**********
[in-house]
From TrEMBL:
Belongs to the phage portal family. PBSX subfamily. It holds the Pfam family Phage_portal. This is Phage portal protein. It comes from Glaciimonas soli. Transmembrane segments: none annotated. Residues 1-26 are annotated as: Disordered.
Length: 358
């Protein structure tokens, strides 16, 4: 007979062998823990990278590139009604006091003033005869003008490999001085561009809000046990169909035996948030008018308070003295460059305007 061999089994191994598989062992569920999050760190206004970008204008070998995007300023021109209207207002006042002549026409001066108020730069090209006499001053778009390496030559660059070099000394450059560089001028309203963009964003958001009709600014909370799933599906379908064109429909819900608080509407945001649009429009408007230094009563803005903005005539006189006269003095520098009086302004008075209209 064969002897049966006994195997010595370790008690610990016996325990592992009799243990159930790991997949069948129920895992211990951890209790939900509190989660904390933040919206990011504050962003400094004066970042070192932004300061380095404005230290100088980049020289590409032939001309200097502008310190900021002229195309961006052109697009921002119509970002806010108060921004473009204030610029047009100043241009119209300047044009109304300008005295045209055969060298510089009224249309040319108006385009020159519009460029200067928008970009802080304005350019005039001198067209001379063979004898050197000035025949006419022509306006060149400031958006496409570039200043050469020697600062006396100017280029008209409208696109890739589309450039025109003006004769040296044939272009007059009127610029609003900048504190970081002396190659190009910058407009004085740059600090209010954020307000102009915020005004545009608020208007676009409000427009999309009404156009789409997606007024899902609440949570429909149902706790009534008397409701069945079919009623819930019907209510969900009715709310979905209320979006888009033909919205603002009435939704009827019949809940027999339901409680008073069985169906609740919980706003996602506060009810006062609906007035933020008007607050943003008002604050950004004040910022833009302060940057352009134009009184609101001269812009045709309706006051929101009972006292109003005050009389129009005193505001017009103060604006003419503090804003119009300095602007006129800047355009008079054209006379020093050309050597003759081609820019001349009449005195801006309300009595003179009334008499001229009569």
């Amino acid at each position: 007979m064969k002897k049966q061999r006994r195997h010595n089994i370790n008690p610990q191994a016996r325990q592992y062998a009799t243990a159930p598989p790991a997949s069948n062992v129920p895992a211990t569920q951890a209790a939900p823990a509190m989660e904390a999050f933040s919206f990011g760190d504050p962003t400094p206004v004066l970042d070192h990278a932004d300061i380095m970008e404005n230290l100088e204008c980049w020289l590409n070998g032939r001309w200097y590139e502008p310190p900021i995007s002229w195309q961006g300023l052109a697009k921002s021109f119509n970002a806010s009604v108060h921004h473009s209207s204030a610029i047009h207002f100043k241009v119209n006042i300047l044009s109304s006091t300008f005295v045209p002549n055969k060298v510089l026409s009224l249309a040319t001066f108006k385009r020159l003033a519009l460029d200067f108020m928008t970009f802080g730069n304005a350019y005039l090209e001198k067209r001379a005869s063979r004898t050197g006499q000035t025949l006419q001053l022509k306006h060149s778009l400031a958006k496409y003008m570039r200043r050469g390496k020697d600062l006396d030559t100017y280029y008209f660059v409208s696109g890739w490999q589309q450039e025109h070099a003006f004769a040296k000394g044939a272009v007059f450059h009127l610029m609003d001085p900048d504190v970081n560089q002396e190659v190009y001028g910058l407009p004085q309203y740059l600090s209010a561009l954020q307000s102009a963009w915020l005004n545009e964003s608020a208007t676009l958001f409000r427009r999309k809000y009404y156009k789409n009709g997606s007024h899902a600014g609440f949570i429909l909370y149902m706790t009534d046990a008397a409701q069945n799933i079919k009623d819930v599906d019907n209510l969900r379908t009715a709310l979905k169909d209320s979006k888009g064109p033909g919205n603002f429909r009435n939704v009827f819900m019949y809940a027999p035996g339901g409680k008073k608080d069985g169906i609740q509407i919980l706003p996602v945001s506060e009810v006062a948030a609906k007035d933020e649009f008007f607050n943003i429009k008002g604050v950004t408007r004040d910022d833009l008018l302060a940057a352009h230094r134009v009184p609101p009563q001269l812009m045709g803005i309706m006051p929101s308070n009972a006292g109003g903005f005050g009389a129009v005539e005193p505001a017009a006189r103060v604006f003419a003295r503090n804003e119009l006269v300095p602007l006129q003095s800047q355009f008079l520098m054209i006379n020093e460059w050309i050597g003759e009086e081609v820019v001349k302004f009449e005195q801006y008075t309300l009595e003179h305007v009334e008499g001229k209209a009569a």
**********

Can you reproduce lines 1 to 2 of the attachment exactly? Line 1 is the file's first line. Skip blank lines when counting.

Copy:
[in-house]
From TrEMBL: